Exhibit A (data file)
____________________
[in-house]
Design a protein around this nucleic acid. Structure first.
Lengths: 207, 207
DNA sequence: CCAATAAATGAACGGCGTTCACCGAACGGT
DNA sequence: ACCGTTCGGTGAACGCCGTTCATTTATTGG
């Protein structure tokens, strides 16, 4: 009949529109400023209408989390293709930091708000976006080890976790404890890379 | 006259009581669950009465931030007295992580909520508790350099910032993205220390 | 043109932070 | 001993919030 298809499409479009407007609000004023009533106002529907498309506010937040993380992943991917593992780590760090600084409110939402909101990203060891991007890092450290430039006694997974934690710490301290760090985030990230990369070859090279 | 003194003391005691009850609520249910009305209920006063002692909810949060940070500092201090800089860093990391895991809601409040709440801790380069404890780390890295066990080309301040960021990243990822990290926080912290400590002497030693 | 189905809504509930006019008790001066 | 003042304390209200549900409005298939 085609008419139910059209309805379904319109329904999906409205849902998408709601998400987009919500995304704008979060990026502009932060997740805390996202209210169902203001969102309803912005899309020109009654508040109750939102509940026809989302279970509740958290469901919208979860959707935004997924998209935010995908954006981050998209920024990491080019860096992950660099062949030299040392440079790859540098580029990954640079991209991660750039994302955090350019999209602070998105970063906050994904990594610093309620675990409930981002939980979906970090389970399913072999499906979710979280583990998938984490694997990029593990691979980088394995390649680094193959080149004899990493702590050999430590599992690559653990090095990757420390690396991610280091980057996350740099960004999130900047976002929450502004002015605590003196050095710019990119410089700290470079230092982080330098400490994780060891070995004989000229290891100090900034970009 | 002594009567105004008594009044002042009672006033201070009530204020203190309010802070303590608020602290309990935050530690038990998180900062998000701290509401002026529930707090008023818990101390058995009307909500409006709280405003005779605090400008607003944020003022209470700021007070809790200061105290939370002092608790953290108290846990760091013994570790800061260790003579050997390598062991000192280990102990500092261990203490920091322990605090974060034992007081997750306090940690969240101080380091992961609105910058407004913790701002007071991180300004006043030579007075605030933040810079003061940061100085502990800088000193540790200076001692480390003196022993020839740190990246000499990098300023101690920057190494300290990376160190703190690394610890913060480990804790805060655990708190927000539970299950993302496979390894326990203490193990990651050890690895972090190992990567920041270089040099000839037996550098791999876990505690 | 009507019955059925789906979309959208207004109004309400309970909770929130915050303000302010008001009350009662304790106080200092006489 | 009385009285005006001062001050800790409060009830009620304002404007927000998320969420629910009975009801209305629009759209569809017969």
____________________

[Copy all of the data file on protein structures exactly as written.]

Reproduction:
[in-house]
Design a protein around this nucleic acid. Structure first.
Lengths: 207, 207
DNA sequence: CCAATAAATGAACGGCGTTCACCGAACGGT
DNA sequence: ACCGTTCGGTGAACGCCGTTCATTTATTGG
């Protein structure tokens, strides 16, 4: 009949529109400023209408989390293709930091708000976006080890976790404890890379 | 006259009581669950009465931030007295992580909520508790350099910032993205220390 | 043109932070 | 001993919030 298809499409479009407007609000004023009533106002529907498309506010937040993380992943991917593992780590760090600084409110939402909101990203060891991007890092450290430039006694997974934690710490301290760090985030990230990369070859090279 | 003194003391005691009850609520249910009305209920006063002692909810949060940070500092201090800089860093990391895991809601409040709440801790380069404890780390890295066990080309301040960021990243990822990290926080912290400590002497030693 | 189905809504509930006019008790001066 | 003042304390209200549900409005298939 085609008419139910059209309805379904319109329904999906409205849902998408709601998400987009919500995304704008979060990026502009932060997740805390996202209210169902203001969102309803912005899309020109009654508040109750939102509940026809989302279970509740958290469901919208979860959707935004997924998209935010995908954006981050998209920024990491080019860096992950660099062949030299040392440079790859540098580029990954640079991209991660750039994302955090350019999209602070998105970063906050994904990594610093309620675990409930981002939980979906970090389970399913072999499906979710979280583990998938984490694997990029593990691979980088394995390649680094193959080149004899990493702590050999430590599992690559653990090095990757420390690396991610280091980057996350740099960004999130900047976002929450502004002015605590003196050095710019990119410089700290470079230092982080330098400490994780060891070995004989000229290891100090900034970009 | 002594009567105004008594009044002042009672006033201070009530204020203190309010802070303590608020602290309990935050530690038990998180900062998000701290509401002026529930707090008023818990101390058995009307909500409006709280405003005779605090400008607003944020003022209470700021007070809790200061105290939370002092608790953290108290846990760091013994570790800061260790003579050997390598062991000192280990102990500092261990203490920091322990605090974060034992007081997750306090940690969240101080380091992961609105910058407004913790701002007071991180300004006043030579007075605030933040810079003061940061100085502990800088000193540790200076001692480390003196022993020839740190990246000499990098300023101690920057190494300290990376160190703190690394610890913060480990804790805060655990708190927000539970299950993302496979390894326990203490193990990651050890690895972090190992990567920041270089040099000839037996550098791999876990505690 | 009507019955059925789906979309959208207004109004309400309970909770929130915050303000302010008001009350009662304790106080200092006489 | 009385009285005006001062001050800790409060009830009620304002404007927000998320969420629910009975009801209305629009759209569809017969």